The day of celebration finally arrived on Nov. 12 at St. Luke's Church on Pope Avenue.
Guests and congregants celebrated Pastor Greg Kronz's 25 years of service and dedication to the area's oldest church while also celebrating the completion of a three-year, three-phase $3.9 million capital improvement campaign that greatly expanded and enhanced the campus and its services. (The original St. Luke's Parish was established in 1767 in what is now Bluffton.)
Two grand events shared the spotlight on the same day, a Sunday, of course. Following the morning church service, the dedication ceremony heralded the upgrades and new construction. Attendees toured the new facilities, including the dazzling "wall of light" that connects the new Fellowship Hall with the sanctuary.
"We now provide a wonderful space for the congregation to gather and have fellowship, and provide a wonderful space for teachers and additional worship services, space for wedding receptions in the future," Kronz said. "It's been years and years in the making. The facilities were very old and rundown."
The genesis of the capital improvement vision actually took root in 2000. But the recession in 2008 and other external influences dampened the spirited dream.
"It was actually not just three years, but 17 years in the talking and eventual execution of the plan," Kronz said. "This is what we set out to do literally 17 years ago and it's finally come to fruition, the commitment to the Lord, to each other, the commitment of the future of the church and the commitment to the community - it all comes together - and the commitment to souls, that's the bottom line."
Architect Sam McCleskey drew the plans, and the first phase of construction began in the spring of 2014, thanks to the $3.3 million in donations by the 800-member congregation. Churchgoer Norm Galloway spearheaded the effort, and a number of builders were involved.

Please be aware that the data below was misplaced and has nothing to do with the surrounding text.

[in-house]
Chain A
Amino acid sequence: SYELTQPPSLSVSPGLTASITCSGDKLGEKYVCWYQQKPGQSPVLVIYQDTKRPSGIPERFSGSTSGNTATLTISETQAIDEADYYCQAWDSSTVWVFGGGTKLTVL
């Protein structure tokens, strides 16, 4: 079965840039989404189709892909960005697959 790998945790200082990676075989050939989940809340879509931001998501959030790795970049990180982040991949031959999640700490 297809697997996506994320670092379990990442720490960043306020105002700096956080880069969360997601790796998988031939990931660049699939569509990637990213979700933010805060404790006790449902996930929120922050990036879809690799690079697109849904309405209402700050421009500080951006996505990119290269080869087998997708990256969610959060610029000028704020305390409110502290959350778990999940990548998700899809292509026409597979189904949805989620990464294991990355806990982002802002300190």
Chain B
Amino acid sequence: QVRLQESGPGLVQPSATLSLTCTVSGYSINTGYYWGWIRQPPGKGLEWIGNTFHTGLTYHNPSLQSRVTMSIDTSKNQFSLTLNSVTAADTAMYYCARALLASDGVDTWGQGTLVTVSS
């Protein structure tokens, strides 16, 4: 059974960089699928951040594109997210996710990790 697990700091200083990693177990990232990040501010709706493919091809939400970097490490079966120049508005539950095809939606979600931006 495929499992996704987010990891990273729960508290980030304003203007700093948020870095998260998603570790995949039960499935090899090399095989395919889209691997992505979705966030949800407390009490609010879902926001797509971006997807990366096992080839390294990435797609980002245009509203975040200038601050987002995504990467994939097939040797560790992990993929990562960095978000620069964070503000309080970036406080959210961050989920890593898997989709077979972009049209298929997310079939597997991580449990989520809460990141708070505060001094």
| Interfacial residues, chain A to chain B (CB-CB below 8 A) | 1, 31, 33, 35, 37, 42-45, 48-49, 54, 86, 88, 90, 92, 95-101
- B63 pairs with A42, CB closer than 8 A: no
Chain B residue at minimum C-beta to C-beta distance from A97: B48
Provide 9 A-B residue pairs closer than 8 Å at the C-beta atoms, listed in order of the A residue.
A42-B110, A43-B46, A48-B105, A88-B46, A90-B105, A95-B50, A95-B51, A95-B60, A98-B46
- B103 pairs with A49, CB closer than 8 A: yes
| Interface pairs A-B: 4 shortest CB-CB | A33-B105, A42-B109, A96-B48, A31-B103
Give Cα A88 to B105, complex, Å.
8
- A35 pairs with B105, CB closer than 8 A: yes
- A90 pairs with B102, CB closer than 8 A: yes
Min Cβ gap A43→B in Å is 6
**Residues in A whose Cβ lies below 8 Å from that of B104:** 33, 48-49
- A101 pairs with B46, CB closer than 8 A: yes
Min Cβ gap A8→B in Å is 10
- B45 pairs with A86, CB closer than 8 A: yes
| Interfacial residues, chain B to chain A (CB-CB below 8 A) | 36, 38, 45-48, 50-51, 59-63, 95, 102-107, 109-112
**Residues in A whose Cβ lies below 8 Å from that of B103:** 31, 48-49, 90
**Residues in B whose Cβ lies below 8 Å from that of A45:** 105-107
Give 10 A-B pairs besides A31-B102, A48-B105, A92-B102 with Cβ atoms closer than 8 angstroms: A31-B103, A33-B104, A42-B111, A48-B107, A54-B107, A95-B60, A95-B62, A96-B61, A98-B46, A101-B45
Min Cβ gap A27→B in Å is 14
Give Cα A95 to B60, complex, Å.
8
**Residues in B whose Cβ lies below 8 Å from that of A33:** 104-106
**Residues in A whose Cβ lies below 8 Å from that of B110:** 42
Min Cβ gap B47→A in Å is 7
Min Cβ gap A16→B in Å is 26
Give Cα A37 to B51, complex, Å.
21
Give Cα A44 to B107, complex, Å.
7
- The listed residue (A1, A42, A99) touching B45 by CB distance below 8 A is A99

A complete renovation of the preschool facility set the expansive project in motion. The final structure to be completed was the new Fellowship Hall, formerly the Parish Hall that was demolished and rebuilt. Auditorium seating expanded from 110 to 300; a new stage will host church performances, lectures and visiting Christian events. Banquet capacity grew from 90 to 250.
Along the way, an education wing was built, and a separate mission and ministry building was purchased and rebuilt. State-of-the-art technology was installed campus-wide, and the property's grounds and parking areas received significant upgrades.
New bathrooms were installed and existing bathrooms were expanded. A commercial kitchen was installed, and offices were renovated.
Upon completion of the project, Kronz and other church leaders determined that the newly glistening facility needed some final aesthetic touches. So, St. Luke's assumed a $600,000 loan to replace the sanctuary roofing and give a facelift to two other buildings.
If the dedication ceremony was the climax in the morning, then the 25th anniversary of Kronz's pastorship was the crown jewel late in the afternoon and early evening.
About 250 people packed the new Fellowship Hall, a number of guests addressed the faithful group, family members spoke, as did the bishop who ordained Kronz.
"It was just wonderful," he said. "I think the people recognized my love and commitment to them, and to the Lord and my ministry. My children spoke, and I'm getting teary-eyed right now thinking about what they said. It was very, very touching and a meaningful day."
When Kronz was offered the head position at the church in 1992, he and his wife, Meredith, talked and prayed about the opportunity.
"We agreed that if it worked - meaning if they like me and I liked them - then I would stay until my (three) kids finished high school and would re-evaluate my call there," he said.
He and his wife made a life-changing decision in 2010.
"When Meredith and I went away for a little bit just to re-evaluate, pray about it, think about it, talk about it ... I said to her, 'I wanted a big church, a big city', but the reality was, why would we want to go anywhere else? We love our people, we love where we live, the kids loved coming home, so why would we want to go anywhere else?"
The Kronzs stayed put.
Dean Rowland is a veteran senior editor and freelance writer.